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Malabsorption syndrome

Dr. Randula Samarasinghe

Malabsorption constitutes the

pathological interference with the
normal physiological sequence
ofdigestion(intraluminal process),
absorption (mucosal process) and
transport (postmucosal events) of

The small intestine is the main site of nutrient digestion and

absorption in gastro intestinal tract
The nutrients usually absorbed are
- fat
- carbohydrates
- protiens
- vitamins
Malabsorption syndrome may result from failure to absorb one or
more nutrients from the GI tract and this depends on the nature
and extent of the pathological process affecting the GI tract

Problems of digestion
can be due to intraluminal or brush
border enzyme deficiancy
eg - lactase deficiency causing
lactose intolarance
- Lipase deficency ( chronic
pancreatitis) causing fat

Can be due to bile acid deficiency

which decreases the micelle forming
capacity in the small intestine that
results in fat malabsorption

Causes of bile acid deficiency

- reducesSynthesis eg- Cirrhosis

- reduced Biliary secretion eg- Primary biliary
cirrhosis , obstructive jaundice
- reduced conjugated bile acids eg- Bacterial
- reduced ileal Reabsorption eg-Crohn's disease
A defect at any point in the physiological
enterohepatic circulation of bile acid and a defect in
production will lead to its deficiency

Can be due to reduced function of

small intestinal enzymes
eg - alteration of small intestinal pH
( reduced ) due to increased gastric
acid secretion in Zollinger Ellison
Due to reduced intestinal transit time
eg - post gastrectomy,

Problems of absorption due defects

of the absorptive mucosa
- Reduced length of small intestine
eg Surgical resection
- Reduced surface area of the villi
eg villous atrophy in celiac

Disorders of absorption constitute a

broad spectrum of conditions with
multiple etiologies and varied clinical

Clinical features
Diarrhea is the most common
symptomatic complaint and often it
is watery
Steatorrhea - the result of fat
Weight loss and fatigue

Most, but not all, of these clinical

conditions are associated with
steatorrhea, an increase in stool fat
excretion of >6% of dietary fat
intake. Some disorders of absorption
are not associated with steatorrhea

Flatulence and abdominal distention Bacterial

fermentation of unabsorbed food substances
releases gaseous products
Oedema ,ascitis -Hypoalbuminemia from chronic
protein malabsorption
Anemia microcytic or macrocytic or mixed
Bleeding disorders -vitamin K malabsorption

osteomalacia - Vitamin D deficiency

Bone pain and pathologic fractures

Secondary hyperparathyroidism from hypocalcemia

tetany due to hypocalcemia and or hypomagnesemia
Vitamin malabsorption - generalized motor weakness
(pantothenic acid, vitamin D), peripheral neuropathy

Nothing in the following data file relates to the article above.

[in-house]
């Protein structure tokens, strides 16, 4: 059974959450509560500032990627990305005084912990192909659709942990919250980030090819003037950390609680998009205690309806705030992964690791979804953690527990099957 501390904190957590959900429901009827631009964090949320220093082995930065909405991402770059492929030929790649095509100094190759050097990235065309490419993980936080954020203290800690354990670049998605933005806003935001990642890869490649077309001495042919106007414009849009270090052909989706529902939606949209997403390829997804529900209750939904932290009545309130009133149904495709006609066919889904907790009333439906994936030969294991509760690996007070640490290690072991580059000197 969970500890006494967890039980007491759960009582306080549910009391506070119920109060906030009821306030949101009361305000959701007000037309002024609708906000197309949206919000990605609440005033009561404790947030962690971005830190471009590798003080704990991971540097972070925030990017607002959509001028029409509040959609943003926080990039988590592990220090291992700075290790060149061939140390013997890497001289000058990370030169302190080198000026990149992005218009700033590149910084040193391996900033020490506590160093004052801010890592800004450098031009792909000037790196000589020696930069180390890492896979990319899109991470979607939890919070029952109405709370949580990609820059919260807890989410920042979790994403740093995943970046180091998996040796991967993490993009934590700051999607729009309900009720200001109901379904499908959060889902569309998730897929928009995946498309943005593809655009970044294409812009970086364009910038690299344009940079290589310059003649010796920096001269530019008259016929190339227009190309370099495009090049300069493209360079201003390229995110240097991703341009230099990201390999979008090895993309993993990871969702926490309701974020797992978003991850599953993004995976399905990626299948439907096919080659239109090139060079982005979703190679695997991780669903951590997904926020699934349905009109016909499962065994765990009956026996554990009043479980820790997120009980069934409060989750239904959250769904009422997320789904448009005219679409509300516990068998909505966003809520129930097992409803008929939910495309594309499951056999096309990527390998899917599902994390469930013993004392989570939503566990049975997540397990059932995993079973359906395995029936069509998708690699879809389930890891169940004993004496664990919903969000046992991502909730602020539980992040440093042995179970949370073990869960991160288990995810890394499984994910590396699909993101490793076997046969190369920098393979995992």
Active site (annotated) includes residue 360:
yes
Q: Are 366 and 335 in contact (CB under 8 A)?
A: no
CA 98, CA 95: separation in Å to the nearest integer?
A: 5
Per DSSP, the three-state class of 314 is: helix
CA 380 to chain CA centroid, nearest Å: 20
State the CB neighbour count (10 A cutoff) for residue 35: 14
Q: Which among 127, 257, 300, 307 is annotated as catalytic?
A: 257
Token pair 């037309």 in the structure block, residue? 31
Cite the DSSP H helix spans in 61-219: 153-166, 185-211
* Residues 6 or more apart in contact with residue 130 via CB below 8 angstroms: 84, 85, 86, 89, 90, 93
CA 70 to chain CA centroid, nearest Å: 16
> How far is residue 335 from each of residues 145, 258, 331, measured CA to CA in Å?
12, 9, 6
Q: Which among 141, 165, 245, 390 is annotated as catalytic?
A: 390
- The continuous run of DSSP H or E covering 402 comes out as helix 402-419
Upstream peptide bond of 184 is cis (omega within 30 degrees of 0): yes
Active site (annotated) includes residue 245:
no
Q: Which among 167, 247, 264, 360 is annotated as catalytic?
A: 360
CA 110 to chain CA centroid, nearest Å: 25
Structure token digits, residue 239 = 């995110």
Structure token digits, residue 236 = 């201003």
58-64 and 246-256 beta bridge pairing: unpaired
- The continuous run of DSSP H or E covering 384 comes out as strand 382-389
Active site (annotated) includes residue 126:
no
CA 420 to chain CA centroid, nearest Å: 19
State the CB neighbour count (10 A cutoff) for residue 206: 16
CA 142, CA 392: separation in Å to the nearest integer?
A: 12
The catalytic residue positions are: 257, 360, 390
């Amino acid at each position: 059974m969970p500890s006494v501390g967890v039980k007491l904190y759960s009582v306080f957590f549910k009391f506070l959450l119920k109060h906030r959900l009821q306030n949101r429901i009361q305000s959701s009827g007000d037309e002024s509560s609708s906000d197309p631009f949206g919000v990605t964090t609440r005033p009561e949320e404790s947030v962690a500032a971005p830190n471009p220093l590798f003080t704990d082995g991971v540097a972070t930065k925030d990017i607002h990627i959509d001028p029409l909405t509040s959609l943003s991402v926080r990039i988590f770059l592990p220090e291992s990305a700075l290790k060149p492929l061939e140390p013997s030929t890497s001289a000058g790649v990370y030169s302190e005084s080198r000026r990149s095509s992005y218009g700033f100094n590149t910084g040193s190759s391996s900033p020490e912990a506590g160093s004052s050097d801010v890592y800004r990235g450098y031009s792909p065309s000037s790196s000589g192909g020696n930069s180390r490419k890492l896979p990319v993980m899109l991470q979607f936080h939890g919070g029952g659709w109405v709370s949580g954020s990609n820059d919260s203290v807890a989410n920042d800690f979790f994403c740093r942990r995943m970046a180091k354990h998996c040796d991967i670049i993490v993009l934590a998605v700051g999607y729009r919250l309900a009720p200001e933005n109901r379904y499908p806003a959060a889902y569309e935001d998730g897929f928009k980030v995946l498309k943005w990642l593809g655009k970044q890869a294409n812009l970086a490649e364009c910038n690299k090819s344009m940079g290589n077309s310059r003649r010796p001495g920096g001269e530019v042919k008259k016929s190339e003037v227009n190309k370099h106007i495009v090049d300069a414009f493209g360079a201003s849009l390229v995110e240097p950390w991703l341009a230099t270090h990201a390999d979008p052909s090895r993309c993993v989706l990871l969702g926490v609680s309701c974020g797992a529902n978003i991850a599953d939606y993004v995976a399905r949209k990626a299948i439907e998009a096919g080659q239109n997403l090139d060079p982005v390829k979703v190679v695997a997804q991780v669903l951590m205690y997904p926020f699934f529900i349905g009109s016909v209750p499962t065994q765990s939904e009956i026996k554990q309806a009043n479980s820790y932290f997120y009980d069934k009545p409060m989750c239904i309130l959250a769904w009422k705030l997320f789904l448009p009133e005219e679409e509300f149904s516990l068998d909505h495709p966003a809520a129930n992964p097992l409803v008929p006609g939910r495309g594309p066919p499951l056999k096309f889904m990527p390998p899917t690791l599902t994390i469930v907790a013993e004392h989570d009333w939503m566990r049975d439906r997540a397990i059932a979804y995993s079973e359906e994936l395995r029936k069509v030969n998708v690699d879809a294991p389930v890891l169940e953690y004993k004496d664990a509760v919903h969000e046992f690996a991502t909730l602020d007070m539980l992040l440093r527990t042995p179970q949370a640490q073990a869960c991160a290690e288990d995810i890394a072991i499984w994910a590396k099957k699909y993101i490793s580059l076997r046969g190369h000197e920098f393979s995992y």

(thiamine), loss of vibration and position sense
(cobalamin), night blindness (vitamin A), seizures (biotin)

Physical examination

orthostatic hypotension.
weight loss
muscle wasting
loss of subcutaneous fat
Motor weakness, peripheral neuropathy, ataxia
Tetani may be elicited
Cheilosis, glossitis, or aphthous ulcers of the mouth
Peripheral edema

Causes are mainly due to disease
entities affecting
- Small intestine
- Hepatobilliary system cirrhosis
- Pancreas chronic pancreatitis

Disease of the small intestine can

either affect part or the entire

Disorders in the small intestine

causing malabsorption

Coeliac disease
Dermatitis herpetiformis
Tropical sprue
Bacterial overgrowth
Intestinal resection
Whipples disease
Radiation enteritis
Parasitic infestation eg- Giardia


FBC - microcytic anemia ,macrocytic anemia

Serum iron, vitamin B-12 and red cell folate levels
Prothrombin time may be prolonged
hypoproteinemia and hypoalbuminemia.
low serum levels of triglycerides, cholesterol
ESR - Crohn and Whipple disease.
Serology -Serum antigliadin and antiendomysial antibodies
can be used to help diagnose celiac sprue.
Serum IgA - to rule out IgA deficiency.
Determination of fecal elastase and chymotrypsin (2
proteases produced by the pancreas) to distinguish between
pancreatic and intestinal of malabsorption.

Small bowel barium studies - obliterated or
coarsened mucosal pattern in celiac disease,Small
bowel dilatation and diverticulosis in scleroderma,
stricture, ulceration, and fistula formation in crohns
CT scan of the abdomen- pancreatic calcification or
atrophy in chronic pancreatitis, Enlarged lymph
nodes are seen in Whipple disease and lymphoma.
Endoscopic retrograde cholangiopancreatogram
(ERCP): This study helps document malabsorption
due to pancreatic or biliary-related disorders.
Plain abdominal x-ray film: Pancreatic calcifications
are indicative of chronic pancreatitis.

Other tests
Feacal fat estimation fecal fat
excretion in healthy individuals
should be less than 7 g/d.
D-xylose test
Tests of carbohydrate absorption

Tests of carbohydrate absorption hydrogen breath test

Test of bile salt absorption -bile salt
breath test
The 3-stage Schilling

Depending on the cause, the
histologic features of malabsorption
vary. A frequently encountered
histologic finding is villous atrophy,
which is seen in celiac disease,
tropical sprue, viral gastroenteritis,
bacterial overgrowth, inflammatory
bowel disease, immunodeficiency
syndromes, lymphoma, and radiation

Two main objectives
1. the correction of nutritional deficiencies
2. when possible, the treatment of causative diseases.

Nutritional support
Supplementing various minerals
Caloric and protein replacement
Medium-chain triglycerides can be used as fat substitutes
because they do not require micelle formation for absorption
and their route of transport is portal rather than lymphatic.
parenteral nutrition may become necessary.

Thank you